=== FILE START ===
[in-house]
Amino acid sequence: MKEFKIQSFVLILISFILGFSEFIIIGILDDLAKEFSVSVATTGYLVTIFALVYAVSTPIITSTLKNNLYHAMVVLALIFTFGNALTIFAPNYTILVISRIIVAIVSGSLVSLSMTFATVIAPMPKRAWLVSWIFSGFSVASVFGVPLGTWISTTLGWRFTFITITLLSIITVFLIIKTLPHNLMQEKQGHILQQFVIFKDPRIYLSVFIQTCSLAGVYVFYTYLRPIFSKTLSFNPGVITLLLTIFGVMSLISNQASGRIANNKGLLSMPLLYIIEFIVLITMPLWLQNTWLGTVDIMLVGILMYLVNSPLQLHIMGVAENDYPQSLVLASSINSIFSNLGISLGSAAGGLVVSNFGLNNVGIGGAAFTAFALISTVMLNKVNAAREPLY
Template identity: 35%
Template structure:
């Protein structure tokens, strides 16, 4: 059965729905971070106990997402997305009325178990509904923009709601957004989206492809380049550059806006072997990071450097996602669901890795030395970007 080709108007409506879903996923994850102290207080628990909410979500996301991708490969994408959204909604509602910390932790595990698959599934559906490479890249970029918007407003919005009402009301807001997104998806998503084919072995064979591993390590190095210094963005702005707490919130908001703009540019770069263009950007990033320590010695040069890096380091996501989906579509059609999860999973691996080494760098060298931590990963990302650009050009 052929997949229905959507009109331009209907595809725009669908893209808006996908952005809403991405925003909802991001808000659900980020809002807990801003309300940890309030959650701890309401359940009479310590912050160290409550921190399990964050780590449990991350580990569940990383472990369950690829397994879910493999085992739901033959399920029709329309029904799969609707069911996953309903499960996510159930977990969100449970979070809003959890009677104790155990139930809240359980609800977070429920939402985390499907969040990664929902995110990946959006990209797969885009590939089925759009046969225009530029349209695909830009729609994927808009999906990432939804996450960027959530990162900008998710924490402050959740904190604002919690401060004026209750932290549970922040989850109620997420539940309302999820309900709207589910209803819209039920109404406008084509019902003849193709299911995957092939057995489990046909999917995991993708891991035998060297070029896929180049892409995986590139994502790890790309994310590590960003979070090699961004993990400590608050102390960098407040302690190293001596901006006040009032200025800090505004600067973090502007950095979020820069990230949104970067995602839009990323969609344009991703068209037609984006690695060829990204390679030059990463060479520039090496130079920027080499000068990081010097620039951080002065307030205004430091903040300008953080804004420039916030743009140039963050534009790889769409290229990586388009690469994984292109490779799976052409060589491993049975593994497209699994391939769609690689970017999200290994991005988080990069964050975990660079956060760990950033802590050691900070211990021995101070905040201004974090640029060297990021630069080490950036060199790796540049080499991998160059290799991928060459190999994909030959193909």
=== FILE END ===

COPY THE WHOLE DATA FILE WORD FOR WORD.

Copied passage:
[in-house]
Amino acid sequence: MKEFKIQSFVLILISFILGFSEFIIIGILDDLAKEFSVSVATTGYLVTIFALVYAVSTPIITSTLKNNLYHAMVVLALIFTFGNALTIFAPNYTILVISRIIVAIVSGSLVSLSMTFATVIAPMPKRAWLVSWIFSGFSVASVFGVPLGTWISTTLGWRFTFITITLLSIITVFLIIKTLPHNLMQEKQGHILQQFVIFKDPRIYLSVFIQTCSLAGVYVFYTYLRPIFSKTLSFNPGVITLLLTIFGVMSLISNQASGRIANNKGLLSMPLLYIIEFIVLITMPLWLQNTWLGTVDIMLVGILMYLVNSPLQLHIMGVAENDYPQSLVLASSINSIFSNLGISLGSAAGGLVVSNFGLNNVGIGGAAFTAFALISTVMLNKVNAAREPLY
Template identity: 35%
Template structure:
């Protein structure tokens, strides 16, 4: 059965729905971070106990997402997305009325178990509904923009709601957004989206492809380049550059806006072997990071450097996602669901890795030395970007 080709108007409506879903996923994850102290207080628990909410979500996301991708490969994408959204909604509602910390932790595990698959599934559906490479890249970029918007407003919005009402009301807001997104998806998503084919072995064979591993390590190095210094963005702005707490919130908001703009540019770069263009950007990033320590010695040069890096380091996501989906579509059609999860999973691996080494760098060298931590990963990302650009050009 052929997949229905959507009109331009209907595809725009669908893209808006996908952005809403991405925003909802991001808000659900980020809002807990801003309300940890309030959650701890309401359940009479310590912050160290409550921190399990964050780590449990991350580990569940990383472990369950690829397994879910493999085992739901033959399920029709329309029904799969609707069911996953309903499960996510159930977990969100449970979070809003959890009677104790155990139930809240359980609800977070429920939402985390499907969040990664929902995110990946959006990209797969885009590939089925759009046969225009530029349209695909830009729609994927808009999906990432939804996450960027959530990162900008998710924490402050959740904190604002919690401060004026209750932290549970922040989850109620997420539940309302999820309900709207589910209803819209039920109404406008084509019902003849193709299911995957092939057995489990046909999917995991993708891991035998060297070029896929180049892409995986590139994502790890790309994310590590960003979070090699961004993990400590608050102390960098407040302690190293001596901006006040009032200025800090505004600067973090502007950095979020820069990230949104970067995602839009990323969609344009991703068209037609984006690695060829990204390679030059990463060479520039090496130079920027080499000068990081010097620039951080002065307030205004430091903040300008953080804004420039916030743009140039963050534009790889769409290229990586388009690469994984292109490779799976052409060589491993049975593994497209699994391939769609690689970017999200290994991005988080990069964050975990660079956060760990950033802590050691900070211990021995101070905040201004974090640029060297990021630069080490950036060199790796540049080499991998160059290799991928060459190999994909030959193909």